The Legal Realism of Jerome N. Frank: A Study of Fact-Skepticism and the Judicial Process
ISBN/ASIN: 9789401186841,9789401194938 | 1959 | English | pdf | 177/194 pages | 5.42 Mb
Publisher: Springer Netherlands | Author: Julius Paul (auth.) | Edition: 1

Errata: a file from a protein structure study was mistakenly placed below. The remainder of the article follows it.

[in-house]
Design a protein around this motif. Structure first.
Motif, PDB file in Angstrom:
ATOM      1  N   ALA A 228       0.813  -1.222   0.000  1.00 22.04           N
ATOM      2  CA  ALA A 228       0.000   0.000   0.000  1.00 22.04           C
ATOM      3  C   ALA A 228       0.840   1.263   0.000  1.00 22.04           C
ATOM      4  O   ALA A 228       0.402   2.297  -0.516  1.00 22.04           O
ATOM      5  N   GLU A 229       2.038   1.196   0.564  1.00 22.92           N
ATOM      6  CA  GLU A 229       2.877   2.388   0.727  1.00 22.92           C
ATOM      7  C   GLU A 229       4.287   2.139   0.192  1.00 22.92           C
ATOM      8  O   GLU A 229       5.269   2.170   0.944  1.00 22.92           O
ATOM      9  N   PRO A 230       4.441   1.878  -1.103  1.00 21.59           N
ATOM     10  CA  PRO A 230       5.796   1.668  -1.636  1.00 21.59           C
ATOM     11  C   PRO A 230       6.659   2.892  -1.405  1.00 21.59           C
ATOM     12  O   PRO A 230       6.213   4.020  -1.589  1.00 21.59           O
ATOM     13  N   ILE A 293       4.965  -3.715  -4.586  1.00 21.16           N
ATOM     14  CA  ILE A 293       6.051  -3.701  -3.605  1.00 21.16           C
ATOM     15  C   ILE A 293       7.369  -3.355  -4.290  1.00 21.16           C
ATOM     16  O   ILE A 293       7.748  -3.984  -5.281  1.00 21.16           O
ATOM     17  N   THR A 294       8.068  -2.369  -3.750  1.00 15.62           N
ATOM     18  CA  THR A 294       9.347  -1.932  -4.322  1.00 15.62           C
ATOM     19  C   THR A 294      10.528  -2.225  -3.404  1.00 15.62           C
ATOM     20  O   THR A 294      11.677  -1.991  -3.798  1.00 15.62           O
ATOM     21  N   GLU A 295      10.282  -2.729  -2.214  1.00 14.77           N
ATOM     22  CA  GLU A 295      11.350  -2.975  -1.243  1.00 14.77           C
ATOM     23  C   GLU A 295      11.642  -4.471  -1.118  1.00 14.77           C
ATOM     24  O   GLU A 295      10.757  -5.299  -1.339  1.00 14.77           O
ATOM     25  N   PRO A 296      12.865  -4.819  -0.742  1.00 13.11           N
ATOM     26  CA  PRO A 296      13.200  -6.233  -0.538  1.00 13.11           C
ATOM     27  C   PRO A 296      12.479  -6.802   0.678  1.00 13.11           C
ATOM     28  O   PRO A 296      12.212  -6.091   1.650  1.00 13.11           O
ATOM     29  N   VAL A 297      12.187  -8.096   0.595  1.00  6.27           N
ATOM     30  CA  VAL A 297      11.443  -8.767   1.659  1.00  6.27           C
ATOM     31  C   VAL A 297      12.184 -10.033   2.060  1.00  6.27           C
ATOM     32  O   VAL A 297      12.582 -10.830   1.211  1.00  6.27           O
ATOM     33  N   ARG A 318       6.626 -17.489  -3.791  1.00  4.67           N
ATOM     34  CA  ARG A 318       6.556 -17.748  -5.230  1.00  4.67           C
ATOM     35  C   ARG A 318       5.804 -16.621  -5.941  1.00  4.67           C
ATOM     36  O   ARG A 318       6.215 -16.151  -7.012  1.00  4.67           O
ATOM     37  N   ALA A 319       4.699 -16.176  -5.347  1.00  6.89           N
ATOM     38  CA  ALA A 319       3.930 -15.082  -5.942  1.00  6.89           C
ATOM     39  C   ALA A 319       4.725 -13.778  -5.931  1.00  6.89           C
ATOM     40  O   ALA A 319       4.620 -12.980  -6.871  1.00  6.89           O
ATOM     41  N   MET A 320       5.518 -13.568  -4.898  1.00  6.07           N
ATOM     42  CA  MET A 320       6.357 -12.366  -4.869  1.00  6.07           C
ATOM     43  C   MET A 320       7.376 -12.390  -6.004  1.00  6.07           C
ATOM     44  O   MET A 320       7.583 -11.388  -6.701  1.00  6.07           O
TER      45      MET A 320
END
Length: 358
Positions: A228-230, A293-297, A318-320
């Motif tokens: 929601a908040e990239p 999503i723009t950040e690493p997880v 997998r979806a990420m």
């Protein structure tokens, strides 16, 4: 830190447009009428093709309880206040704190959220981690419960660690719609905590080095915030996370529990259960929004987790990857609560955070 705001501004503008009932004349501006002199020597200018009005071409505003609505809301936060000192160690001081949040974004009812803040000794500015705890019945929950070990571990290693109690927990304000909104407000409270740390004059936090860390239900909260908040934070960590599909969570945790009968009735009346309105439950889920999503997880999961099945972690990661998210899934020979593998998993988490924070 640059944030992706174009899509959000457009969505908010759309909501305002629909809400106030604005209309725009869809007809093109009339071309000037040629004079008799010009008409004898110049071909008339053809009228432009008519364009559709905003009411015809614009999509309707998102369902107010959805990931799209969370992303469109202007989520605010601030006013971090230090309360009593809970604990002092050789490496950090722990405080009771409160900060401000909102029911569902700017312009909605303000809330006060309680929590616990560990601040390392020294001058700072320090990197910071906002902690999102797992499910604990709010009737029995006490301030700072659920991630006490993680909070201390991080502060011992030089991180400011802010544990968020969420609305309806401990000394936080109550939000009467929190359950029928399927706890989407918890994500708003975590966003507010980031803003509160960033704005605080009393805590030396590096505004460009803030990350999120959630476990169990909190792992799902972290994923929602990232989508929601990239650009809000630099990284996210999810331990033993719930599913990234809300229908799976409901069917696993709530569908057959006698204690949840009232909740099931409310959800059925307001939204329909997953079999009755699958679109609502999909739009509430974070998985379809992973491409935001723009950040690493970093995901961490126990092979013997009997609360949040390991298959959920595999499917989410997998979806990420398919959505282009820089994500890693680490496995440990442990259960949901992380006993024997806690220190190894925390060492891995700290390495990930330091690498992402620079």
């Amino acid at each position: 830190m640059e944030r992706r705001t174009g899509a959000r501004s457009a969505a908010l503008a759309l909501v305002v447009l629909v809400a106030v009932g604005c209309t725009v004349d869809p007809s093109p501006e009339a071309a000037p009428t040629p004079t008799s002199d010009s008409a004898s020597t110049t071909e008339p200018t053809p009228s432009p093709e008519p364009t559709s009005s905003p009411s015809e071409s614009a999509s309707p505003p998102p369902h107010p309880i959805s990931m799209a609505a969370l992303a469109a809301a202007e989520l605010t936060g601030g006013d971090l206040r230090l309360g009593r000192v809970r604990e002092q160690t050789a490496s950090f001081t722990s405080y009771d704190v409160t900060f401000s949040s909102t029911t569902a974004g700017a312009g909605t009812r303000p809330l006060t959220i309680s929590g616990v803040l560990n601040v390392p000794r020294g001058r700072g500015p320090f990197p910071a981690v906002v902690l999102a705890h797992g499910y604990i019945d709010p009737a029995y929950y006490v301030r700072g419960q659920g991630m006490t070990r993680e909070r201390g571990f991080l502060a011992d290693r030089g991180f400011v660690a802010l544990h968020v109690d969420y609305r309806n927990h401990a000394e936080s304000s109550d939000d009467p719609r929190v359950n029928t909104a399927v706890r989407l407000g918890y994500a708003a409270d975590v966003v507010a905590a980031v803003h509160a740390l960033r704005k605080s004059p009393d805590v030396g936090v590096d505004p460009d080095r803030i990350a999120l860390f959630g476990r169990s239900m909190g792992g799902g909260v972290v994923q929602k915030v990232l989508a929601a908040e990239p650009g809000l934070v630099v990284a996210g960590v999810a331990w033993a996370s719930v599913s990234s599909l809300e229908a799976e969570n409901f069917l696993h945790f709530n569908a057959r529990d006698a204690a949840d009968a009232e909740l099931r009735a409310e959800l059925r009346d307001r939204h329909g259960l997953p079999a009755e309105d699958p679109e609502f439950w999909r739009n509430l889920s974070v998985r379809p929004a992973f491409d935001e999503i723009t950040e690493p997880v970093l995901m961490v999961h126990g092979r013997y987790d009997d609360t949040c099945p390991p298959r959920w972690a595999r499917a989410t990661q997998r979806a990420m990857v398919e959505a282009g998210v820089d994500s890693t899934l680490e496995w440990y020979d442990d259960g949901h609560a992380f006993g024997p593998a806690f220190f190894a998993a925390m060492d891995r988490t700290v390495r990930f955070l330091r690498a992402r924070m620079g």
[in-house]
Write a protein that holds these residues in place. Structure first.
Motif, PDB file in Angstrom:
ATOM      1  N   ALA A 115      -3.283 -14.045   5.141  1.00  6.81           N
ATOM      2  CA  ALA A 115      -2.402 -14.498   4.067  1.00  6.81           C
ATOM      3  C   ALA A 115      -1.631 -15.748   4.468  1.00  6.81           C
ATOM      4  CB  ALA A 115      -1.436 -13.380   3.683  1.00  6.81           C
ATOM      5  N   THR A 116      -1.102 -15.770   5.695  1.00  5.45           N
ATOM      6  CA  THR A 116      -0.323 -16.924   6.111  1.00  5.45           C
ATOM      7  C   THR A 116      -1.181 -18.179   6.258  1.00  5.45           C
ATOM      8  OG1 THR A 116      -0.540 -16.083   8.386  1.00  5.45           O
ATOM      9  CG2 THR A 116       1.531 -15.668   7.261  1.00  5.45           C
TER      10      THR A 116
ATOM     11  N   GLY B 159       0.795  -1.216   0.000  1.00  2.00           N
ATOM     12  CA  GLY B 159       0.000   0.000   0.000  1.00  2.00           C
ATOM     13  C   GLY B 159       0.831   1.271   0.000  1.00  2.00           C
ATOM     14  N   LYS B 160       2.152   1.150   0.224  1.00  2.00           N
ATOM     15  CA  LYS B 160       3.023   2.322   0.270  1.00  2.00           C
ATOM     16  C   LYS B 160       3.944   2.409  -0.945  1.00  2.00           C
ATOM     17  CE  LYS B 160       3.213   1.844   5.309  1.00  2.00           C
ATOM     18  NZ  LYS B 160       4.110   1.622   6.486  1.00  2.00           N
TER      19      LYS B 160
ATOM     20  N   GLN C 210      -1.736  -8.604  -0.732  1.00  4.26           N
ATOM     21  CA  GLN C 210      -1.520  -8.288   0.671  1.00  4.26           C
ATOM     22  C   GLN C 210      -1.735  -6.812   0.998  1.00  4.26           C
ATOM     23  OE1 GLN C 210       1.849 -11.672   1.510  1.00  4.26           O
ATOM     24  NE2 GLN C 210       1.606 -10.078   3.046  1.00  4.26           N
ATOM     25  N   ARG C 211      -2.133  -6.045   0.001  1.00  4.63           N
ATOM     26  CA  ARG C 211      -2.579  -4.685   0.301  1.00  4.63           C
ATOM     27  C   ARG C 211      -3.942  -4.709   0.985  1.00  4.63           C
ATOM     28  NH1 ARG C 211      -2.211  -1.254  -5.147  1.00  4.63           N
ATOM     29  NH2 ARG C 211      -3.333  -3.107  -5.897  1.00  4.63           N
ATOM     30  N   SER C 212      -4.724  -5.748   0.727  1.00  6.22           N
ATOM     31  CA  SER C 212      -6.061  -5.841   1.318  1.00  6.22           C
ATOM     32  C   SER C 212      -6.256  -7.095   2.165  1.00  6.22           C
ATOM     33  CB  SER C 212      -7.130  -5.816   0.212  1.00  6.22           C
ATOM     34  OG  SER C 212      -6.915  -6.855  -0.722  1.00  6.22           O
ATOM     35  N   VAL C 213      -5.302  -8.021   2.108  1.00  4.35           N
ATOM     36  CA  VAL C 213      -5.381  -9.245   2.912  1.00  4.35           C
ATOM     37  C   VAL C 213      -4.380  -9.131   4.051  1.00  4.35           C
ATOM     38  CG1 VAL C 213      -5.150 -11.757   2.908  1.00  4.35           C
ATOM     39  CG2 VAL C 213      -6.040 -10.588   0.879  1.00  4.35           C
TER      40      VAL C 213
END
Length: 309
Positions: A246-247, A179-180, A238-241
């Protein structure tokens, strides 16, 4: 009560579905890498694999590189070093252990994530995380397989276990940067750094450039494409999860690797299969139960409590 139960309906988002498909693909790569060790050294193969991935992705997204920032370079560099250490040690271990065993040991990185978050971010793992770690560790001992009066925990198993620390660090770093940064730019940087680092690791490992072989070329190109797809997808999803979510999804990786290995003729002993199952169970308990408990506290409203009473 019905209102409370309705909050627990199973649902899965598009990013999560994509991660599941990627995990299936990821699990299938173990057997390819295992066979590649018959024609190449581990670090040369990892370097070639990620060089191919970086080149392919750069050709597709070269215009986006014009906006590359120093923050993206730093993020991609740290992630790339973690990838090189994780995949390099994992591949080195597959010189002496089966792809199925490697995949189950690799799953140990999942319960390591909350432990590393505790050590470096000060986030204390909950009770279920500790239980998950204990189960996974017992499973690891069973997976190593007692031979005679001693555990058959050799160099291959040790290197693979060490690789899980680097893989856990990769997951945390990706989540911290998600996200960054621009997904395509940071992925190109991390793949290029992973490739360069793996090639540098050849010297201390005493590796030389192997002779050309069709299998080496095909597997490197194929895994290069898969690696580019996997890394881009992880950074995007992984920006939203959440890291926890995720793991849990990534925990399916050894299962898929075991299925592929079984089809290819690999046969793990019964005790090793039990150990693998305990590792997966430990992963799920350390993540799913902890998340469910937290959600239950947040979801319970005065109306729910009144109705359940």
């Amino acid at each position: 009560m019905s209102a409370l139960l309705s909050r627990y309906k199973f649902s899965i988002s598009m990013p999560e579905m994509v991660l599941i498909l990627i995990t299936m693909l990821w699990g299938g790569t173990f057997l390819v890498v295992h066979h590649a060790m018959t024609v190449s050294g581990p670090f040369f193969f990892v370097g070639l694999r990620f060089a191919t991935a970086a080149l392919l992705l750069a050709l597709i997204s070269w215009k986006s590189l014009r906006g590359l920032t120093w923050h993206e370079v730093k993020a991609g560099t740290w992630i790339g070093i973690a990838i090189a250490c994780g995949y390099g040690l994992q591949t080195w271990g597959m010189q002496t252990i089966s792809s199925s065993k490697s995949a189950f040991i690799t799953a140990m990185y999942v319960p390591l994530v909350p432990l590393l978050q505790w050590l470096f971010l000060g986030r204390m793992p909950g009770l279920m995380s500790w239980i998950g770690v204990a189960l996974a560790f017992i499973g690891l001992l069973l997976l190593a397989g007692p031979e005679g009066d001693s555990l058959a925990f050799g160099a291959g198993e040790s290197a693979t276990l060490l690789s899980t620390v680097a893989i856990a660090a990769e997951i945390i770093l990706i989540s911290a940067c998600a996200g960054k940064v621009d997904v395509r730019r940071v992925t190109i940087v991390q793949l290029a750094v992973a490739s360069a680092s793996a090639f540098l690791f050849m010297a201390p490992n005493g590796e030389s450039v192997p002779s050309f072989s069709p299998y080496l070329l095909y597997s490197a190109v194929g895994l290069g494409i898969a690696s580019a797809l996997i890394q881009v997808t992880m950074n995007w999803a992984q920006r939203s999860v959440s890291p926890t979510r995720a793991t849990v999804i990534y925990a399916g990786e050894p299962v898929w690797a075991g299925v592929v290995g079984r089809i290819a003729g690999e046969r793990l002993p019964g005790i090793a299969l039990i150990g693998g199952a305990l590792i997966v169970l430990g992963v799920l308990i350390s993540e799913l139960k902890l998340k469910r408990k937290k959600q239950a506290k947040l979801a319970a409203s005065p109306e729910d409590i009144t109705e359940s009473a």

Between the Levite at the gate and the judicial systems of our day is a long journey in courthouse government, but its basic structure remains the same – law, judge and process. Of the three, process is the most unstable – procedure and facts. Of the two, facts are the most intractable. While most of the law in books may seem to center about abstract theories, doctrines, princi ples, and rules, the truth is that most of it is designed in some way to escape the painful examination of the facts which bring parties in a particular case to court. Frequently the emphasis is on the rule of law as it is with respect to the negotiable instru ment which forbids inquiry behind its face; sometimes the empha sis is on men as in the case of the wide discretion given a judge or administrator; sometimes on the process, as in pleading to a refined issue, summary judgment, pre-trial conference, or jury trial designed to impose the dirty work of fact finding on laymen. The minds of the men of law never cease to labor at im proving process in the hope that some less painful, more trustworthy and if possible automatic method can be found to lay open or force litigants to disclose what lies inside their quarrel, so that law can be administered with dispatch and de cisiveness in the hope that truth and justice will be served.